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Is surgery in acute aortic dissection type A still contraindicated in the presence of preoperative neurological symptoms?


Most, Henriette; Reinhard, Brigitta; Gahl, Brigitta; Englberger, Lars; Kadner, Alexander; Weber, Alberto; Schmidli, Jürg; Carrel, Thierry P; Huber, Christoph (2015). Is surgery in acute aortic dissection type A still contraindicated in the presence of preoperative neurological symptoms? European Journal of Cardio-Thoracic Surgery, 48(6):945-950.

Abstract

OBJECTIVES: Severe neurological deficit (ND) due to acute aortic dissection type A (AADA) was considered a contraindication for surgery because of poor prognosis. Recently, more aggressive indication for surgery despite neurological symptoms has shown acceptable postoperative clinical results. The aim of this study was to evaluate early and mid-term outcomes of patients with AADA presenting with acute ND.
METHODS: Data from 53 patients with new-onset ND who received surgical repair for AADA between 2005 and 2012 at our institution were retrospectively reviewed. ND was defined as focal motor or sensory deficit, hemiplegia, paraplegia, convulsions or coma. Neurological symptoms were evaluated preoperatively using the Glasgow Coma Scale (GCS) and modified Rankin Scale (mRS), and at discharge as well as 3-6 months postoperatively using the mRS and National Institutes of Health Stroke Scale. Involvement of carotid arteries was assessed in the pre- and postoperative computed tomography. Logistic regression analysis was performed to detect predictive factors for recovery of ND.
RESULTS: Of the 53 patients, 29 (54.7%) showed complete recovery from focal ND at follow-up. Neurological symptoms persisted in 24 (45.3%) patients, of which 8 (33%) died without neurological assessment at follow-up. Between the two groups (patients with recovery and those with persisting ND), there was no significant difference regarding the duration of hypothermic circulatory arrest (28 ± 14 vs 36 ± 20 min) or severely reduced consciousness (GCS <8). Multivariate analysis showed significant differences for the preoperative mRS between the two groups (P < 0.007). A high preoperative mRS was associated with persistence of neurological symptoms (P < 0.02). Cardiovascular risk factors, age or involvement of supra-aortic branches were not predictive for persistence of ND.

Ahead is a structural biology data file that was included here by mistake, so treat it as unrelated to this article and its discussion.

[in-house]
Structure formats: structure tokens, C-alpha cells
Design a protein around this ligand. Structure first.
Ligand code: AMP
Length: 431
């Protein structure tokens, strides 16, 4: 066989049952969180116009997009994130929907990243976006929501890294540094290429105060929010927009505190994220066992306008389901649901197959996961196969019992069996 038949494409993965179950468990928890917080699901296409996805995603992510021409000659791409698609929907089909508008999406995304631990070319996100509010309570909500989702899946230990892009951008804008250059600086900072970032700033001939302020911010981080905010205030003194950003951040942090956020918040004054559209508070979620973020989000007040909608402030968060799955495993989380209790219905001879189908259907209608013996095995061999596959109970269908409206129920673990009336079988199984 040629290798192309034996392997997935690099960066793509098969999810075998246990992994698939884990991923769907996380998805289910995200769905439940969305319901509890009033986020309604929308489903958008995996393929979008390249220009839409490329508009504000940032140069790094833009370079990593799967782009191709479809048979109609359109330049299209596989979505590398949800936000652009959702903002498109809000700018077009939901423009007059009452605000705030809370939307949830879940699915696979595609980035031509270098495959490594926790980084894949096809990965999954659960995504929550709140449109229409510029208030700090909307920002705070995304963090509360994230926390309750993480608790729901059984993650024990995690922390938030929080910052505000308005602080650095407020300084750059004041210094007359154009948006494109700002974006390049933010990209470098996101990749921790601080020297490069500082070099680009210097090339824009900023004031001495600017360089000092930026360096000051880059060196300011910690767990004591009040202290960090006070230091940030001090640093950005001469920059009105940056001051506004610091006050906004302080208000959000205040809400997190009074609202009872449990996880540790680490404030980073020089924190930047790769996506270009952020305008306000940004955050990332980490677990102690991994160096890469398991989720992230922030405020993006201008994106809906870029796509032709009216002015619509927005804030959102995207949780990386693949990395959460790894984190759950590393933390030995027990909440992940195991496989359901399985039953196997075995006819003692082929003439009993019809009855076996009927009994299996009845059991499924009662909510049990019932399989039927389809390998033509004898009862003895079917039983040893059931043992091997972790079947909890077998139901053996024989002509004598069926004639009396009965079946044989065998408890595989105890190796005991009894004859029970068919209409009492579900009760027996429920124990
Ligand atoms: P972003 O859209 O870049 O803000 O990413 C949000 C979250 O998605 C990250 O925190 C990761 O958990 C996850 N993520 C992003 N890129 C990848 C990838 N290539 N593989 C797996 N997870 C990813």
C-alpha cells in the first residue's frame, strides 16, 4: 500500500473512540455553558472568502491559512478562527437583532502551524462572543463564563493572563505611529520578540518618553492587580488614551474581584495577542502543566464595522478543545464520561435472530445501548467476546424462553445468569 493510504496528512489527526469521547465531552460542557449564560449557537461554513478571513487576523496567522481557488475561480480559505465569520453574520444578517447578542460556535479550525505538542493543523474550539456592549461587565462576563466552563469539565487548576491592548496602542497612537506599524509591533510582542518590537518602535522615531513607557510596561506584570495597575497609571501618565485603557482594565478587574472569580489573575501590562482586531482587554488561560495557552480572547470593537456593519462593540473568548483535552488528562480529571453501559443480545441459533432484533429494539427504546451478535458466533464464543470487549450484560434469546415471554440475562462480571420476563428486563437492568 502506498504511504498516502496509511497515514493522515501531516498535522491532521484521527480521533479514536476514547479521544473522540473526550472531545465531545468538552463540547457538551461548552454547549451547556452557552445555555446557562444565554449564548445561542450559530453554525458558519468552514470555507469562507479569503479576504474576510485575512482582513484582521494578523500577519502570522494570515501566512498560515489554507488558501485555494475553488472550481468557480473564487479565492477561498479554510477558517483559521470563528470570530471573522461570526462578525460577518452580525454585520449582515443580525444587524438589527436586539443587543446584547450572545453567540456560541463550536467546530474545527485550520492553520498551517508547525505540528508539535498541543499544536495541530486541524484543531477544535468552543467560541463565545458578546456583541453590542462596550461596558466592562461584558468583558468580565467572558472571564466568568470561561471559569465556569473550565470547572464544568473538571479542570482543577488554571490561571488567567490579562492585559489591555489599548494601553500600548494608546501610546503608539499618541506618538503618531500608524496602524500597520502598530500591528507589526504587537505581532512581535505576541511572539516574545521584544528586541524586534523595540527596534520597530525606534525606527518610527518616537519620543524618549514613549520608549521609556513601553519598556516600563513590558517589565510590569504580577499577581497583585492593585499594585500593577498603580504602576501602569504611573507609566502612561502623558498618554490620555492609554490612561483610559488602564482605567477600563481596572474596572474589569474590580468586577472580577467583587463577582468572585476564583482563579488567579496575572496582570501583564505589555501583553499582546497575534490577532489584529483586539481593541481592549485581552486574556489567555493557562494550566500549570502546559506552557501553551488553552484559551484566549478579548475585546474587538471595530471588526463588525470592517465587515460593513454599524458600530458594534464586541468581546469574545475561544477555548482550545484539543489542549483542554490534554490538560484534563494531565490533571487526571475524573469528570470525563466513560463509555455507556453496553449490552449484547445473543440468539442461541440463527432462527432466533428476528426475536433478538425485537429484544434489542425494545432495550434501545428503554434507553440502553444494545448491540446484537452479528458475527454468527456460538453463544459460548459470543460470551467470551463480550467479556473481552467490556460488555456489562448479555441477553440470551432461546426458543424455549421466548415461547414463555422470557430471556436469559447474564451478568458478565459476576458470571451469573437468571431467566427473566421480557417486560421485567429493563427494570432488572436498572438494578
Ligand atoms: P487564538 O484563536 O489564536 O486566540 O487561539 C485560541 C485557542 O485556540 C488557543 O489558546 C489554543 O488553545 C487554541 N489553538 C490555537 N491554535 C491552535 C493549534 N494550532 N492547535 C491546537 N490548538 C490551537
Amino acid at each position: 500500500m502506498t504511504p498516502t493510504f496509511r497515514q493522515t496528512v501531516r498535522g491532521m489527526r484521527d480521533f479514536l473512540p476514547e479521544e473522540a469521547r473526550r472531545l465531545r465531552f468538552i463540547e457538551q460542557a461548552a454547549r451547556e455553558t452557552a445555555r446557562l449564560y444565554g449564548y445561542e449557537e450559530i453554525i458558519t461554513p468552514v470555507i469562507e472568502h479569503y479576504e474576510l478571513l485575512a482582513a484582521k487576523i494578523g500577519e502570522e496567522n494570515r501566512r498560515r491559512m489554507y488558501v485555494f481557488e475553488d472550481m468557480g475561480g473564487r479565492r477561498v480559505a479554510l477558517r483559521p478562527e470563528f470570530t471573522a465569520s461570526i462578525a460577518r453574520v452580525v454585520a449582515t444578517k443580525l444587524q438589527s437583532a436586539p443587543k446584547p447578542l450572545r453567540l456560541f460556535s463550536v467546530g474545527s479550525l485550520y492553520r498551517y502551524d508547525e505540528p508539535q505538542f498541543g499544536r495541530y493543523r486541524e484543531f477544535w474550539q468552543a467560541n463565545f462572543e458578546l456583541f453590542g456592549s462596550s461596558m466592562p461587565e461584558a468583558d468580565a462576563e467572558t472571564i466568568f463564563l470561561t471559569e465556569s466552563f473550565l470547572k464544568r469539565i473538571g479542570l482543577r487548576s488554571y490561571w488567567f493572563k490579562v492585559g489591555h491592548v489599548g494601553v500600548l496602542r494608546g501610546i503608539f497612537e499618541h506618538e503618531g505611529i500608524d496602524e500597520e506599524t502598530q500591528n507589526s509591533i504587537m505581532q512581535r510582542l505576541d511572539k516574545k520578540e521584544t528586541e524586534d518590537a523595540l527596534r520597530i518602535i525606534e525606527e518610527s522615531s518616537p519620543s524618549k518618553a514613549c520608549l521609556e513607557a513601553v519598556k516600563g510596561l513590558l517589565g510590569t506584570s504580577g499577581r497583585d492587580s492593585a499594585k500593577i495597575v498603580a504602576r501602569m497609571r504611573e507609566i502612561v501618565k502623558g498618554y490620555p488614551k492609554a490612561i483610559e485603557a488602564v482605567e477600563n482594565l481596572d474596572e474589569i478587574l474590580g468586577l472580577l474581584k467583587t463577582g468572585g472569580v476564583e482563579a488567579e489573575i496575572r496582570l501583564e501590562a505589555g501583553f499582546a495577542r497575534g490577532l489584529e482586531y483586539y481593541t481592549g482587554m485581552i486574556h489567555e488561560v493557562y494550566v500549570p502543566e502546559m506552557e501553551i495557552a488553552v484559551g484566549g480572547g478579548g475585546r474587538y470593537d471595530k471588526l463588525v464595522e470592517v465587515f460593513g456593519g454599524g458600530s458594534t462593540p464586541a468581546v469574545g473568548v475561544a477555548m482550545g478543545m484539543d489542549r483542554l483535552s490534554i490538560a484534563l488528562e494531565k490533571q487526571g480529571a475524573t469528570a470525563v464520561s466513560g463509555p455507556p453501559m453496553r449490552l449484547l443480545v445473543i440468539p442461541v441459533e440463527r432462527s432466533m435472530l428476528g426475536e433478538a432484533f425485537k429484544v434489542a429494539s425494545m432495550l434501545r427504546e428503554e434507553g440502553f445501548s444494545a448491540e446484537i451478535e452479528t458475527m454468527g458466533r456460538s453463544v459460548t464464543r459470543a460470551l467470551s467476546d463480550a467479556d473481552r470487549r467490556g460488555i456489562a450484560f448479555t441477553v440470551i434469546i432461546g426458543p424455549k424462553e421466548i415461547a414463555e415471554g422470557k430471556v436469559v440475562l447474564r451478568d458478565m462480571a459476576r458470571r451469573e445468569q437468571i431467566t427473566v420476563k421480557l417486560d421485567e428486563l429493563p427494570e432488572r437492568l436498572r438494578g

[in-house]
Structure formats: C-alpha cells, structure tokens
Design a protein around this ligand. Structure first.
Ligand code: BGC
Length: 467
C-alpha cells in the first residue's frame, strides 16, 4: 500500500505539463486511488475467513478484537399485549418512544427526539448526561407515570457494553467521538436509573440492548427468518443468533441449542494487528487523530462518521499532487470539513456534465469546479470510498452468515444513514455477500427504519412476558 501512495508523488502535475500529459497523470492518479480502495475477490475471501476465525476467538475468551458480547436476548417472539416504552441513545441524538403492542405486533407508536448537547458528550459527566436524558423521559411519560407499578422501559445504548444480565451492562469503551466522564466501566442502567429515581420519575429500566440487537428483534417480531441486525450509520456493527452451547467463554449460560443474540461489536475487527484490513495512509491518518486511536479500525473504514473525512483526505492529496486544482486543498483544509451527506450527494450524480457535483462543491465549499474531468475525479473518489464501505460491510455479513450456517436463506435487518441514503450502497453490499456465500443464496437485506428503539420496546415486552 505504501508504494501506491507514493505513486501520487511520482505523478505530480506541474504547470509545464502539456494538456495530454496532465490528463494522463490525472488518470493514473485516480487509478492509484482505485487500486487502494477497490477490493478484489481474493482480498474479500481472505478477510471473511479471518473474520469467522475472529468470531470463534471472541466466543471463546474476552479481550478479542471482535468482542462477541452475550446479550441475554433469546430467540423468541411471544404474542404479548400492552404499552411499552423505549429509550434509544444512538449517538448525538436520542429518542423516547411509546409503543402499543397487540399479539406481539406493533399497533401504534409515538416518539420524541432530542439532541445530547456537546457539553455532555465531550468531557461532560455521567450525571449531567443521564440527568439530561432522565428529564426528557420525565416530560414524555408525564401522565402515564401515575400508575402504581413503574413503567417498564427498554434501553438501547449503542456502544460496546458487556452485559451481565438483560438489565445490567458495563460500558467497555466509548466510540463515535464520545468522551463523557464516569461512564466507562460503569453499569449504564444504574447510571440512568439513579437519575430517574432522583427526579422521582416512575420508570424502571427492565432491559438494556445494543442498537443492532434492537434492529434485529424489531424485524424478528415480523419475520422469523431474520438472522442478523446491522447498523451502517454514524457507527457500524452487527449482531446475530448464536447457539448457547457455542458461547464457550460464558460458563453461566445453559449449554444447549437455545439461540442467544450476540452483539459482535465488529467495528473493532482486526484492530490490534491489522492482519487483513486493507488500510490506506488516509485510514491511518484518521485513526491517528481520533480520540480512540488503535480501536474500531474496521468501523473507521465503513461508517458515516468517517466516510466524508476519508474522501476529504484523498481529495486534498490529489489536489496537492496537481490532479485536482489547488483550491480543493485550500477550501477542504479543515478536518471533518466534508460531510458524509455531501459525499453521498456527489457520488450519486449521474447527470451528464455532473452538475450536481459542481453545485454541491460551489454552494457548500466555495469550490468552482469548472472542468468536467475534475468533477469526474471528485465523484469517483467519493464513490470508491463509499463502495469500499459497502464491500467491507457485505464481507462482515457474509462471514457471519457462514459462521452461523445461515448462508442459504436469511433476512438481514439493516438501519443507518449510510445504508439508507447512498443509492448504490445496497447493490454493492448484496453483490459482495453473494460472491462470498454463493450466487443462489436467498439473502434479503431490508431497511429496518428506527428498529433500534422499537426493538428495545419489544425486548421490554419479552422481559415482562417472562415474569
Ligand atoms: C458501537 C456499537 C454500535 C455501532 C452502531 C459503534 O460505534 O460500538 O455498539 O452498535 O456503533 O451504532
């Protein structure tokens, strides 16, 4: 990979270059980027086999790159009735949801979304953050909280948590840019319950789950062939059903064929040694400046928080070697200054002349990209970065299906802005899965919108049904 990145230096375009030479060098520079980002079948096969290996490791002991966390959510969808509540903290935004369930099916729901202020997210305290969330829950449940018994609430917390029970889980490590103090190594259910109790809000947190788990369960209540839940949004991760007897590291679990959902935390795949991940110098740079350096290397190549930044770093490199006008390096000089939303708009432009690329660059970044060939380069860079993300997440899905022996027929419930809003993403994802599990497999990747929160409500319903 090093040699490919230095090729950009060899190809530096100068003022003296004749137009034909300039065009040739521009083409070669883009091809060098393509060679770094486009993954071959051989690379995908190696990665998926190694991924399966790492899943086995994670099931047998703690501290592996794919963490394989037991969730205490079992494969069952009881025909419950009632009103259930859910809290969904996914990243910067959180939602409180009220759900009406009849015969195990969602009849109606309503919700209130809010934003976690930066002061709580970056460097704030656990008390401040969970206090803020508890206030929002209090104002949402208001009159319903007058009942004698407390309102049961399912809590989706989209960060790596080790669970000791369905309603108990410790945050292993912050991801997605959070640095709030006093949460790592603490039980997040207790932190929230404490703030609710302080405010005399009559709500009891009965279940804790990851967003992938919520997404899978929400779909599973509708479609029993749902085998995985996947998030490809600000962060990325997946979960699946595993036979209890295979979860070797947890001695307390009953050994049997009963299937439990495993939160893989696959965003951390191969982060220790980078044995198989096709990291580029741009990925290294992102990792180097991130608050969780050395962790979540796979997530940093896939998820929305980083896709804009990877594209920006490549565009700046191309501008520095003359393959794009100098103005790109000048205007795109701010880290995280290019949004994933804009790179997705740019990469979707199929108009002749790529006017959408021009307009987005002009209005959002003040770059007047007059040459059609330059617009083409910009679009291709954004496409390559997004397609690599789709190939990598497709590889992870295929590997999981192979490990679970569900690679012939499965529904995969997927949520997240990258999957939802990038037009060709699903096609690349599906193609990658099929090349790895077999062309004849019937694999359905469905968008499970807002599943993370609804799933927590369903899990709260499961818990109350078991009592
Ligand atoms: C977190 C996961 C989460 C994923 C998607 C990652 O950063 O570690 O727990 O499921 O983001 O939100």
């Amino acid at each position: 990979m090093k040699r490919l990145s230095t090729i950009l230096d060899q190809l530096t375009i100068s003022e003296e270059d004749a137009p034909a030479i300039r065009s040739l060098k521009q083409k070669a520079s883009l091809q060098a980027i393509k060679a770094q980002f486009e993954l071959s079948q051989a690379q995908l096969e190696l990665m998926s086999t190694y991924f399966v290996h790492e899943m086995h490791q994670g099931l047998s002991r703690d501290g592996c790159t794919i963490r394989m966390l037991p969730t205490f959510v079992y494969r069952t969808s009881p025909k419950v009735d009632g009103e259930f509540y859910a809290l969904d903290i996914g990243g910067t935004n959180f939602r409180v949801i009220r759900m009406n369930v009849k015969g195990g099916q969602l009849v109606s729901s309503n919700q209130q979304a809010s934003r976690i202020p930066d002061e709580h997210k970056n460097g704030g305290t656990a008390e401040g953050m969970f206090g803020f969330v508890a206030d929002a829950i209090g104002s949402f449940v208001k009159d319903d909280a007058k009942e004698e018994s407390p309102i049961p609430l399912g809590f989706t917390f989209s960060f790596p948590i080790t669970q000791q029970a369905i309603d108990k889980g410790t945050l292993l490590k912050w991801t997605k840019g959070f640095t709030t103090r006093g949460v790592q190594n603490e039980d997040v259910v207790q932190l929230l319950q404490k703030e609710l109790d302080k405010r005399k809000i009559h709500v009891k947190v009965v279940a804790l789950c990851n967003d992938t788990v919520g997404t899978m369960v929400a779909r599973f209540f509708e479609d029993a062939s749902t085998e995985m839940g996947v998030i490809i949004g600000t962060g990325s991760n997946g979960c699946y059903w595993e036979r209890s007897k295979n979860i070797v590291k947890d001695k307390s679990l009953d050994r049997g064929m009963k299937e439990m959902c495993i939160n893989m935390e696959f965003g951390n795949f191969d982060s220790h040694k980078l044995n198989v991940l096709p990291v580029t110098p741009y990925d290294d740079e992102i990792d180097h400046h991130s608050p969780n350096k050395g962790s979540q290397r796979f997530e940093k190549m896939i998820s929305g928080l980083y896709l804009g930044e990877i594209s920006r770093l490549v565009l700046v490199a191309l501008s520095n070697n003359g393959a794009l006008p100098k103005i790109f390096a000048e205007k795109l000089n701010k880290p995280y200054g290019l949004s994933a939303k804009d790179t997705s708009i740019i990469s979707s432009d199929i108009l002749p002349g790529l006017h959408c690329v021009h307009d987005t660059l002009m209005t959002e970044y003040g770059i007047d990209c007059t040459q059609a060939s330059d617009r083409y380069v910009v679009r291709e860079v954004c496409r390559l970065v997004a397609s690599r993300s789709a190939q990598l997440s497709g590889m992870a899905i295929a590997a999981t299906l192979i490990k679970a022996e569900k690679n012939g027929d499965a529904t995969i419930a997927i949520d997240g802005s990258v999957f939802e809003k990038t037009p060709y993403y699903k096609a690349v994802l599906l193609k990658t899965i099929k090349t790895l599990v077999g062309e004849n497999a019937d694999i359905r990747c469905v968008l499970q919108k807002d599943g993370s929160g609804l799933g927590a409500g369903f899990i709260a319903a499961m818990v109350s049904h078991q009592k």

CONCLUSION: More than half of our patients recovered completely from ND due to AADA after surgery. Severity of clinical symptoms had a predictive value. Patients suffering from AADA and presenting with ND before surgery should not be excluded from emergency surgery.

Abstract

OBJECTIVES: Severe neurological deficit (ND) due to acute aortic dissection type A (AADA) was considered a contraindication for surgery because of poor prognosis. Recently, more aggressive indication for surgery despite neurological symptoms has shown acceptable postoperative clinical results. The aim of this study was to evaluate early and mid-term outcomes of patients with AADA presenting with acute ND.
METHODS: Data from 53 patients with new-onset ND who received surgical repair for AADA between 2005 and 2012 at our institution were retrospectively reviewed. ND was defined as focal motor or sensory deficit, hemiplegia, paraplegia, convulsions or coma. Neurological symptoms were evaluated preoperatively using the Glasgow Coma Scale (GCS) and modified Rankin Scale (mRS), and at discharge as well as 3-6 months postoperatively using the mRS and National Institutes of Health Stroke Scale. Involvement of carotid arteries was assessed in the pre- and postoperative computed tomography. Logistic regression analysis was performed to detect predictive factors for recovery of ND.
RESULTS: Of the 53 patients, 29 (54.7%) showed complete recovery from focal ND at follow-up. Neurological symptoms persisted in 24 (45.3%) patients, of which 8 (33%) died without neurological assessment at follow-up. Between the two groups (patients with recovery and those with persisting ND), there was no significant difference regarding the duration of hypothermic circulatory arrest (28 ± 14 vs 36 ± 20 min) or severely reduced consciousness (GCS <8). Multivariate analysis showed significant differences for the preoperative mRS between the two groups (P < 0.007). A high preoperative mRS was associated with persistence of neurological symptoms (P < 0.02). Cardiovascular risk factors, age or involvement of supra-aortic branches were not predictive for persistence of ND.
CONCLUSION: More than half of our patients recovered completely from ND due to AADA after surgery. Severity of clinical symptoms had a predictive value. Patients suffering from AADA and presenting with ND before surgery should not be excluded from emergency surgery.

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Additional indexing

Item Type:Journal Article, refereed, original work
Communities & Collections:04 Faculty of Medicine > University Hospital Zurich > Clinic for Cardiovascular Surgery
Dewey Decimal Classification:610 Medicine & health
Language:German
Date:December 2015
Deposited On:01 Feb 2016 16:23
Last Modified:08 Dec 2017 17:34
Publisher:Oxford University Press
ISSN:1010-7940
Free access at:Publisher DOI. An embargo period may apply.
Publisher DOI:https://doi.org/10.1093/ejcts/ezu538
PubMed ID:25605829

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